IN MOST countries a government that allowed $4.5bn to go missing from a state development agency would struggle to win re-election. If some $681m had appeared in the prime minister’s personal account around the same time, which he breezily explained away as a gift from an unnamed admirer, the task would be all the harder. An apparent cover-up, involving the dismissal of officials investigating or merely complaining about the scandal, might be the last straw for voters. But in Malaysian elections, alas, voters do not count for much.
Under any reasonable electoral system, the coalition running Malaysia would not be in office in the first place. The Barisan Nasional, as it is known, barely squeaked back into power at the most recent election, in 2013. It lost the popular vote, earning only 47% to the opposition’s 51%. But thanks to the shamelessly biased drawing of the constituencies, that was enough to secure it 60% of the 222 seats in parliament.
This ill-deserved victory, however, occurred before news broke of the looting of 1MDB, a development agency whose board of advisers was chaired by the prime minister, Najib Razak. America’s Justice Department has accused him and his stepson, among others, of siphoning money out of 1MDB through an elaborate series of fraudulent transactions. Much of the money went on luxuries, it says, including paintings by Picasso and Monet, a private jet, diamond necklaces, a penthouse in Manhattan and a gambling spree in Las Vegas. In February Indonesia seized a $250m yacht that the Americans say was bought with Malaysian taxpayers’ money. Authorities in Switzerland and Singapore have also been investigating.
Mr Najib denies any wrongdoing—and of course he has loyal supporters. But his administration has not tried very hard to clear things up. Only one person has been charged in connection with the missing billions: an opposition politician who leaked details of the official investigation after the government had refused to make it public.
All this is unlikely to have improved Mr Najib’s standing with voters. Yet an election must be held by August. Faced with the risk of losing power, the government is rigging the system even more brazenly. Parliament will soon vote on new constituency boundaries. The proposed map almost guarantees Mr Najib another term, despite his appalling record.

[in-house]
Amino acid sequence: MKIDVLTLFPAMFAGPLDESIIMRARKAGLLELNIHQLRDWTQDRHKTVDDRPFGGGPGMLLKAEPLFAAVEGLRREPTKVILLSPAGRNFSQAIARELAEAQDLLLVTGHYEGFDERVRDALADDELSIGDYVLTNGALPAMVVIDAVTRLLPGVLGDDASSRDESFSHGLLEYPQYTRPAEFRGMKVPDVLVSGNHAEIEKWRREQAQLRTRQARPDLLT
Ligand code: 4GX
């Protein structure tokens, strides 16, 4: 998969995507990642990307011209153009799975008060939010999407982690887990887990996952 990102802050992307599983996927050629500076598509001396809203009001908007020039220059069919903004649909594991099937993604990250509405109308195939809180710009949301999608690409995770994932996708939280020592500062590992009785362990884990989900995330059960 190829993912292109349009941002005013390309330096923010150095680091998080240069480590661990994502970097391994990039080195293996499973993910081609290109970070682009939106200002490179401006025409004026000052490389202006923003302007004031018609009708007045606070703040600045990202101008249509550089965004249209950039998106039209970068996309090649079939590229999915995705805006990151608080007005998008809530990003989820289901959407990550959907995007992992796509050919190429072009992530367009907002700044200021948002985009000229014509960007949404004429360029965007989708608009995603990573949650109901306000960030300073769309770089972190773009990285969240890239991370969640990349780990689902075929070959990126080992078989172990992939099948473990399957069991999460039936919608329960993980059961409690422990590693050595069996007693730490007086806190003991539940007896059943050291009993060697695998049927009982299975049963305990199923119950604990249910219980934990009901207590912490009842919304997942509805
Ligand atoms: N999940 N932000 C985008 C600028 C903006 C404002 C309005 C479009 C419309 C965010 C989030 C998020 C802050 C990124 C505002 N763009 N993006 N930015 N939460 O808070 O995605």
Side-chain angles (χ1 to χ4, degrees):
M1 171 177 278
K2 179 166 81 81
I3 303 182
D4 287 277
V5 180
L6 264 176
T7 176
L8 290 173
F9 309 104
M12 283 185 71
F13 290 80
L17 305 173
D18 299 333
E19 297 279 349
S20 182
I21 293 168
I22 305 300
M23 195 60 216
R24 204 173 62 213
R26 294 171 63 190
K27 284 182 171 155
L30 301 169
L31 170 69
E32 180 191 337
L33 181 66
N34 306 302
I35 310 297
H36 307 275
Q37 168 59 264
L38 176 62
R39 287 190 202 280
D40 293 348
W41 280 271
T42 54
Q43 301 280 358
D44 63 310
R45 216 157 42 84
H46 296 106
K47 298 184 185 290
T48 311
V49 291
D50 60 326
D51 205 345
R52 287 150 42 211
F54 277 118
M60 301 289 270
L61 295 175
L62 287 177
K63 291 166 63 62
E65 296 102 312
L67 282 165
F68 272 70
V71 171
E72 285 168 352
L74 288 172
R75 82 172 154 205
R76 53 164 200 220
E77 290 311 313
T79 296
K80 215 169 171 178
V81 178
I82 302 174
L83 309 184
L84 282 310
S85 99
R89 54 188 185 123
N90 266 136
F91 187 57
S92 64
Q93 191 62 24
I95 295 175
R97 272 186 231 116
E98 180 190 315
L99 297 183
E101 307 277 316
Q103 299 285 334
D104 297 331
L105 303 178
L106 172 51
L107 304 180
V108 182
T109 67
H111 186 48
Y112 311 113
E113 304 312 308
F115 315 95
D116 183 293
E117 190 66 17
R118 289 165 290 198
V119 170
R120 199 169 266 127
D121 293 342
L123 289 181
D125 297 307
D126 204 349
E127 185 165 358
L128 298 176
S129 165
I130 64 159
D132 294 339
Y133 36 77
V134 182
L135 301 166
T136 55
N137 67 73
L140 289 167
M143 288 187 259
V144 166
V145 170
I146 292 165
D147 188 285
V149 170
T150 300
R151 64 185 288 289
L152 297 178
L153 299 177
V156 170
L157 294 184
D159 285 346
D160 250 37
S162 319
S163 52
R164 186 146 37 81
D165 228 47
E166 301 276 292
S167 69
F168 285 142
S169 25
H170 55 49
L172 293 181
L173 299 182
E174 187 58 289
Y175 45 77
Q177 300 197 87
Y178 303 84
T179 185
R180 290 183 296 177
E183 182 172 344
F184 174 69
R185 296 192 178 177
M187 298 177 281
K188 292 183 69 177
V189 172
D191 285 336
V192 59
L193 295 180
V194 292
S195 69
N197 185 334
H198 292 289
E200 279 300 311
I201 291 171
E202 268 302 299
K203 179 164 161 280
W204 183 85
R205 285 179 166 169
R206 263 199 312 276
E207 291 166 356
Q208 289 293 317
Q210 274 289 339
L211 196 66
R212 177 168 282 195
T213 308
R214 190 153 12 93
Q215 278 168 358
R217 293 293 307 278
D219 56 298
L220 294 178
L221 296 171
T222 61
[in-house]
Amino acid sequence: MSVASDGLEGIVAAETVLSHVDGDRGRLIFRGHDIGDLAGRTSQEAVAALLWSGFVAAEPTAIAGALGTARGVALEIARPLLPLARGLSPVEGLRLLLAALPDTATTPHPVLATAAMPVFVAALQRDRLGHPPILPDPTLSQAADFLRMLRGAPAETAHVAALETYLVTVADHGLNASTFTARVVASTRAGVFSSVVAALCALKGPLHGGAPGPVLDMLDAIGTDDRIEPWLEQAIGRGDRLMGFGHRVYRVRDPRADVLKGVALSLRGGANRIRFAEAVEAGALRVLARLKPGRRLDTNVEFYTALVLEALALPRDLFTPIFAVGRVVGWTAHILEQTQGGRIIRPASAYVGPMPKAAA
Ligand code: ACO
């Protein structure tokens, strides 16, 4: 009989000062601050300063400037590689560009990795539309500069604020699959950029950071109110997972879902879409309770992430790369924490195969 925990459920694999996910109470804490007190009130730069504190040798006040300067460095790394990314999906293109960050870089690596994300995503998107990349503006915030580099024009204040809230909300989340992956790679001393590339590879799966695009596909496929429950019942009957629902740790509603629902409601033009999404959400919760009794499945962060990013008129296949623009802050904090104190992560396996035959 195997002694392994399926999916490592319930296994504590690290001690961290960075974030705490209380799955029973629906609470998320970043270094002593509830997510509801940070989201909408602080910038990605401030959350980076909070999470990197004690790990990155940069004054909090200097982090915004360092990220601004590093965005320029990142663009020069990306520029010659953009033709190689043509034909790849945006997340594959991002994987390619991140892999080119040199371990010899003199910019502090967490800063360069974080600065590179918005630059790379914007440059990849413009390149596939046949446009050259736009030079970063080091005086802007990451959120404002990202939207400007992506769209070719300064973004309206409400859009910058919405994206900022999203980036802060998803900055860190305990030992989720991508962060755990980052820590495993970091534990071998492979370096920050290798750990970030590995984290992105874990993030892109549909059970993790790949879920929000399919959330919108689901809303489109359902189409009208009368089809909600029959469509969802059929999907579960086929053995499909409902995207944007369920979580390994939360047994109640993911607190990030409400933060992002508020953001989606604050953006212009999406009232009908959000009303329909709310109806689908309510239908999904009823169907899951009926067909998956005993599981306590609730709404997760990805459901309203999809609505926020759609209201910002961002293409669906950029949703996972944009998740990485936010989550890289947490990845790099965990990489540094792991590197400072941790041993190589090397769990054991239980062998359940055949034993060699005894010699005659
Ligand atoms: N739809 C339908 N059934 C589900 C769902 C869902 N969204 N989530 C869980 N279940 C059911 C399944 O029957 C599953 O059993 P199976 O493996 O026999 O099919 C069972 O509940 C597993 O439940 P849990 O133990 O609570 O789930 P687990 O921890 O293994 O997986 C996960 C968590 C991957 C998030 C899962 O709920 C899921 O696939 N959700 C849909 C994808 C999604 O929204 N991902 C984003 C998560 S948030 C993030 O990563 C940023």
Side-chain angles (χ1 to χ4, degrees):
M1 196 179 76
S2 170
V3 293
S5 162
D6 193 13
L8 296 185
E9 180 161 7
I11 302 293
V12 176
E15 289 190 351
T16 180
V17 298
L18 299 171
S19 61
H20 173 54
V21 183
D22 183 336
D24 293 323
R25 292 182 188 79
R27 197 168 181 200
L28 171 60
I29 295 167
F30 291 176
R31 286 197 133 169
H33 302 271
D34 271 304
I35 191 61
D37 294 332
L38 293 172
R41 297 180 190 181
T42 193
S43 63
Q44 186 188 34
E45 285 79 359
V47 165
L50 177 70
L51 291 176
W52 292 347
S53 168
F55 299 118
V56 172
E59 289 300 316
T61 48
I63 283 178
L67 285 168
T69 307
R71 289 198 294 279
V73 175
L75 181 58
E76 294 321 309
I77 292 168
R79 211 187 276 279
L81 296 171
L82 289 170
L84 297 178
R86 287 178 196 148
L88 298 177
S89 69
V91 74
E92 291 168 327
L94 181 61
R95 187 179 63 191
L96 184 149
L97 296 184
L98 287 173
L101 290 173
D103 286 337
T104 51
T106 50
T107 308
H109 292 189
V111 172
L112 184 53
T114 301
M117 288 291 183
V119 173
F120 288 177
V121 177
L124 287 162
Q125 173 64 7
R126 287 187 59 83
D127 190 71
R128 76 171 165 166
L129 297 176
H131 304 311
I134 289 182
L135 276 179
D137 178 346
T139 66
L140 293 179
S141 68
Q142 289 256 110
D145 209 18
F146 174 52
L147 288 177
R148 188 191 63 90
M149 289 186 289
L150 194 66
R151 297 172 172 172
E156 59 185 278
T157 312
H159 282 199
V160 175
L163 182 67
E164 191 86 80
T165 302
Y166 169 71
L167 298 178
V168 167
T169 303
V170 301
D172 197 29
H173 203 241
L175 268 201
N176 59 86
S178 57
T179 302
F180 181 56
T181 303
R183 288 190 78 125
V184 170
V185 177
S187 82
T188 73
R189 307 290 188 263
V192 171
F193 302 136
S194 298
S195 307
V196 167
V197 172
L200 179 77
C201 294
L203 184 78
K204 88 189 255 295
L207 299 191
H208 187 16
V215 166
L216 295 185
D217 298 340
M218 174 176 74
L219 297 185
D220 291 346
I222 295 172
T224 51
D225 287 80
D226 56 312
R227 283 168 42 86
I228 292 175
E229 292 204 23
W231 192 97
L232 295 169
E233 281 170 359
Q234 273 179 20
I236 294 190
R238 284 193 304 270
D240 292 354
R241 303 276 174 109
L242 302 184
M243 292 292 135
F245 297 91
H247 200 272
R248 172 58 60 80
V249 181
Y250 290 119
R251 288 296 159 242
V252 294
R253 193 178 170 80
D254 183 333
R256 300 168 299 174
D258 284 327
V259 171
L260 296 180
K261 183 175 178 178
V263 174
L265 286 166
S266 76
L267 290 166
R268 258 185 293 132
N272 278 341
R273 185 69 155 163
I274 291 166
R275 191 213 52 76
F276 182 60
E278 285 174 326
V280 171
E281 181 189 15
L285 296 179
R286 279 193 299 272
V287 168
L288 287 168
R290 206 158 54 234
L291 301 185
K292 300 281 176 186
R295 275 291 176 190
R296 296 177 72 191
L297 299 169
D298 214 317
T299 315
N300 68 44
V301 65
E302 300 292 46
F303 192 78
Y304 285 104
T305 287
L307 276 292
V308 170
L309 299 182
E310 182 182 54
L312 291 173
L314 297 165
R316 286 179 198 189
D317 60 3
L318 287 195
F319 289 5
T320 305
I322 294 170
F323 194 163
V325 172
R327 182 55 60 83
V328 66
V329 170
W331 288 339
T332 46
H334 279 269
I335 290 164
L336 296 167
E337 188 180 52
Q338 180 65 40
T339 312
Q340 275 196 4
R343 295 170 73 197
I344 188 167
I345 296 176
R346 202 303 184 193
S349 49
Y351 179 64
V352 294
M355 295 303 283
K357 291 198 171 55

How to rig an election
One trick is gerrymandering, drawing constituency boundaries so that lots of opposition voters are packed into a few seats, while ruling-party supporters form a narrow majority in a larger number. Lots of this goes on in Malaysia, as elsewhere: the new boundaries put two opposition bastions in the state of Perak into the same seat. Gerrymandering is made even easier by another electoral abuse called malapportionment. This involves creating districts of uneven populations, so that those which support the opposition are much bigger than those that back the government. That means, in effect, that it takes many more votes to elect an opposition MP than it does a government one. The practice is so unfair that it is illegal in most countries, including Malaysia, where the constitution says that electoral districts must be “approximately equal” in size.
Nonetheless, the constituencies in the maps proposed by the government-appointed election commission range in size from 18,000 voters to 146,000 (see article). The Barisan Nasional controls all the 15 smallest districts; 14 of the 15 biggest ones are in the hands of the opposition. The average Barisan seat has 30,000 fewer voters than the average opposition one. And this is the election commission’s second go at the maps—the first lot were even more lopsided.
Unfortunately, the electoral boundaries are not the only way in which the system is stacked against the opposition. The media are supine. The police and the courts seem more interested in allegations of minor offences by opposition figures than they are in the blatant bilking of the taxpayer over 1MDB and the open violation of the constitution at the election commission. The latest budget seems intended to buy the loyalty of civil servants, by promising a special bonus to be disbursed just after the likely date of the election.
But these biases, as bad as they are, are not the same as fiddling constituencies. As long as the electoral system is fair, Malaysians will be able to judge the government and vote accordingly. But a rigged system will rob their votes of meaning. That is the point, of course. Mr Najib may be venal, but he is not stupid. He fears that most voters would not return him to office if given a choice, so he is taking their choice away.
This article appeared in the Leaders section of the print edition under the headline “Stop, thief!”
Source : The Economist